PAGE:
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A sculpture of a nude female figure standing with both arms raised above her head.

The sculpture shows a standing female nude looking down and angled to the left. The knees are slightly bent, both arms are raised above her head with the right arm bent at a ninety-degree angle to her head, fingers pointing up, the left arm reaches straight up, the fingers of her hand outstretched, the palm facing up. Her head is covered with leaves and there are leaves under her right arm.

Gallery Text

Ovid’s Metamorphoses tells of Daphne, a chaste nymph who is pursued by the god Apollo. In order to rescue her, her father, a river god, turns her into a laurel tree. Like many painters and sculptors before her, Sintenis represents the dramatic moment of transformation. The surface of the bronze is roughly textured, more like a tree’s bark than human skin. The upward pull of Daphne’s body is heightened by her raised arms, upturned palms, which are imprinted with vein-like foliage, and her hair, which has become arrow-like leaves. An accomplished Berlin-based sculptor and engraver, Sintenis was best known for small bronzes and terracottas of young animals; Daphne represents a departure from her previous small-scale work. The sculpture was originally commissioned for the garden of the Museum of Art and History in Lübeck, Germany. This is one of four casts.

Identification and Creation

Object Number
Renée Sintenis, German (Glatz (now Klodzko, Poland) 1888 - 1965 Berlin, Germany)
Work Type
Persistent Link


Level 1, Room 1500, Modern and Contemporary Art, Art in Germany Between the Wars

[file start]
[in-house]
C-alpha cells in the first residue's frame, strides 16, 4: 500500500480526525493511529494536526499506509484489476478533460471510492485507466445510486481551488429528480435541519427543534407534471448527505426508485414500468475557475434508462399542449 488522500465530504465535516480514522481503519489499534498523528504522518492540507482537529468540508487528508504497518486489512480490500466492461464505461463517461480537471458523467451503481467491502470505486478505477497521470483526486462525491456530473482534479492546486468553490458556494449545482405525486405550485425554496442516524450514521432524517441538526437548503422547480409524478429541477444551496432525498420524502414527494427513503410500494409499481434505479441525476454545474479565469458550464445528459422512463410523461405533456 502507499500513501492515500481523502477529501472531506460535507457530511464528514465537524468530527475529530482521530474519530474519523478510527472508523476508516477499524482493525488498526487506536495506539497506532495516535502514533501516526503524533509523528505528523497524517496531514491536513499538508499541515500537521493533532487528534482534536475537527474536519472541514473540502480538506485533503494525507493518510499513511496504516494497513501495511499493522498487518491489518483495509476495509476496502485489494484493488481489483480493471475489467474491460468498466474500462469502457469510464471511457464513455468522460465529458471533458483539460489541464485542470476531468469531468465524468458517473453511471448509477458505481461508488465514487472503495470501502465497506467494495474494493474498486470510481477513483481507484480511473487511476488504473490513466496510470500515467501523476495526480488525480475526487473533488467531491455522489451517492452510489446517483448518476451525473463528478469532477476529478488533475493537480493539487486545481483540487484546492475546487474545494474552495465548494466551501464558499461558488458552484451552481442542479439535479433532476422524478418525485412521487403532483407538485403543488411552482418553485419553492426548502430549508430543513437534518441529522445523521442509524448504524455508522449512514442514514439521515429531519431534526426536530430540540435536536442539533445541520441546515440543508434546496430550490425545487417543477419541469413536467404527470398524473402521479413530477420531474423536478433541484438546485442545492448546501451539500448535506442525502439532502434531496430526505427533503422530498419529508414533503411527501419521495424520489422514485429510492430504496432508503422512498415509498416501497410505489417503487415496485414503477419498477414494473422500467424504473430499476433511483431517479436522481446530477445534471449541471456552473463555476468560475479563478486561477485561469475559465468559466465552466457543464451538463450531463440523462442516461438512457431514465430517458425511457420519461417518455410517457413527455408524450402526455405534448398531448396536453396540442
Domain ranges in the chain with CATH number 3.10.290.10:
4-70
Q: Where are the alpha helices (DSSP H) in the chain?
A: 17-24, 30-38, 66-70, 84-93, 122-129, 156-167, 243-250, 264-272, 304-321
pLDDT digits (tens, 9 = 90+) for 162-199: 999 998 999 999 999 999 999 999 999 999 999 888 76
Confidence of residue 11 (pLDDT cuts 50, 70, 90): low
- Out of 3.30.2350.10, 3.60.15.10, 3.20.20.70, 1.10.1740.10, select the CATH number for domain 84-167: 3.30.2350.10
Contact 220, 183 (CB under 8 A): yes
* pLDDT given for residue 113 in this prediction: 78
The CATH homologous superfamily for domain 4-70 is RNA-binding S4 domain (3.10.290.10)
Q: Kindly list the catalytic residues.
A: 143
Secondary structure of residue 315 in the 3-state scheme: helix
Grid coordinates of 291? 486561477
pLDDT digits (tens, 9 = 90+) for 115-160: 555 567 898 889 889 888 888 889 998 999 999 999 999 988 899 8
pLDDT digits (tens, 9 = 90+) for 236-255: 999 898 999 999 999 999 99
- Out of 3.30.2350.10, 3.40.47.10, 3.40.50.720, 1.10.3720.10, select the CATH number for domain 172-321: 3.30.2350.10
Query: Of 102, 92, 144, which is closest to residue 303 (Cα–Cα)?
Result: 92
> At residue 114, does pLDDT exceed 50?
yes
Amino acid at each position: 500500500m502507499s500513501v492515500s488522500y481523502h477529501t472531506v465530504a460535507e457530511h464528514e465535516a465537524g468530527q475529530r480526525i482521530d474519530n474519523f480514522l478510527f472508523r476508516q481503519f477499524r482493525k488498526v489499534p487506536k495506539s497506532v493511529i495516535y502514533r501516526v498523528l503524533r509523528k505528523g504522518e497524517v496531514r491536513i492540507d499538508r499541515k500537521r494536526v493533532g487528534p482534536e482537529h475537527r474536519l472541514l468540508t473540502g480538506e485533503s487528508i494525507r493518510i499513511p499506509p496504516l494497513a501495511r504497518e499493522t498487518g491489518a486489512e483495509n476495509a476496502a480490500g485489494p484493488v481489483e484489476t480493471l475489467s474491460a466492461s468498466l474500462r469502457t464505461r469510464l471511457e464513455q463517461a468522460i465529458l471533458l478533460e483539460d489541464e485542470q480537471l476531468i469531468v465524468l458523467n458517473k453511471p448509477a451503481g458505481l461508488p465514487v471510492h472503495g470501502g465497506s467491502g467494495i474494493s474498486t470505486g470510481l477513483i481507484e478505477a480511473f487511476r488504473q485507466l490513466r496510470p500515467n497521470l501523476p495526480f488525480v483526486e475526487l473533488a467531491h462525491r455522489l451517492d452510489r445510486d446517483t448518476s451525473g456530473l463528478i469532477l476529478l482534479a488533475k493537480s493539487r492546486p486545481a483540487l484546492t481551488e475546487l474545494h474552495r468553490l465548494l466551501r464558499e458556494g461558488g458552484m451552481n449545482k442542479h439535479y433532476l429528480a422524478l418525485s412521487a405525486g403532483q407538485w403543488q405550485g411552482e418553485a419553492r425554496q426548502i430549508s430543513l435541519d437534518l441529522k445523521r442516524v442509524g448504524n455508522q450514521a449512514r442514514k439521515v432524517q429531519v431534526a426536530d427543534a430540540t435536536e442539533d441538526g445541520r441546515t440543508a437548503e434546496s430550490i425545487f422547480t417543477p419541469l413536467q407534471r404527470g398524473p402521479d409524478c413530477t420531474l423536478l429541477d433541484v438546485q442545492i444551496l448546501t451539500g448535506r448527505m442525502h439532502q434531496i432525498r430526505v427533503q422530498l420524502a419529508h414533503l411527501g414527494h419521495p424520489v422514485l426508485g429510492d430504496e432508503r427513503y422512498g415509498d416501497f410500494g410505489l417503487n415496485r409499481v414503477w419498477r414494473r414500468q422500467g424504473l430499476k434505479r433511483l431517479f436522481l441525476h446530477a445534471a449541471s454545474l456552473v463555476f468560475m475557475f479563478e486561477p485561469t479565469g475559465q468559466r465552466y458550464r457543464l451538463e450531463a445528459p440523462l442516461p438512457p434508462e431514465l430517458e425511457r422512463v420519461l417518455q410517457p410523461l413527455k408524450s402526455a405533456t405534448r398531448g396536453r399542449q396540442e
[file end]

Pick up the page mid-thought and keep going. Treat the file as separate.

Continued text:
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Physical Descriptions

143.2 x 31.1 x 27 cm (56 3/8 x 12 1/4 x 10 5/8 in.)
with base: 152.7 x 31.1 x 27 cm (60 1/8 x 12 1/4 x 10 5/8 in.)
Inscriptions and Marks
  • inscription: below proper left heel, in artist's hand: RS
  • stamp: below heel, near bottom edge: H NOACK BERLIN


Recorded Ownership History
Private Collection, Hamburg. [Fine Arts Associates, Inc., New York], sold; to Charles and Hetty Kuhn, 1959; Mrs. Hetty S. Kuhn, gift; to the Busch-Reisinger Museum, 1959.

Acquisition and Rights

Credit Line
Harvard Art Museums/Busch-Reisinger Museum, Gift of Mrs. Charles L. Kuhn
© Renée Sintenis / Artists Rights Society (ARS), New York / VG Bild-Kunst, Germany
Accession Year
Object Number
Modern and Contemporary Art

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dark golden-brown patina

Publication History

  • Charles Werner Haxthausen, The Busch-Reisinger Museum, Harvard University, Abbeville Press (New York, NY, 1980), p. 80, repr.
  • Kristin A. Mortimer and William G. Klingelhofer, Harvard University Art Museums: A Guide to the Collections, Harvard University Art Museums and Abbeville Press (Cambridge and New York, 1986), no. 354, p. 299, repr.

Exhibition History

  • Works from the 20th Century Collection of the Busch-Reisinger, National Gallery of Art, Washington, 06/15/1980 - 09/01/1980; Wildenstein Gallery, New York, New York, 09/23/1980 - 10/24/1980
  • Making Myth Modern: Primordial Themes in German 20th-Century Sculpture, Harvard University Art Museums, Busch-Reisinger Museum, 07/14/2007 - 12/30/2007
  • Ancient to Modern, Harvard Art Museums, Cambridge, 01/31/2012 - 06/01/2013
  • 32Q: 1500 Art in Germany Between the Wars (Expressionism-Interwar), Harvard Art Museums, Cambridge, 06/06/2022 - 01/01/2050
  • 32Q: 1510 German Expressionist Sculpture, Harvard Art Museums, Cambridge, 11/16/2014 - 06/06/2022
  • Private Practice, Harvard Art Museums, Cambridge, 10/27/2015 - 01/12/2016

Verification Level

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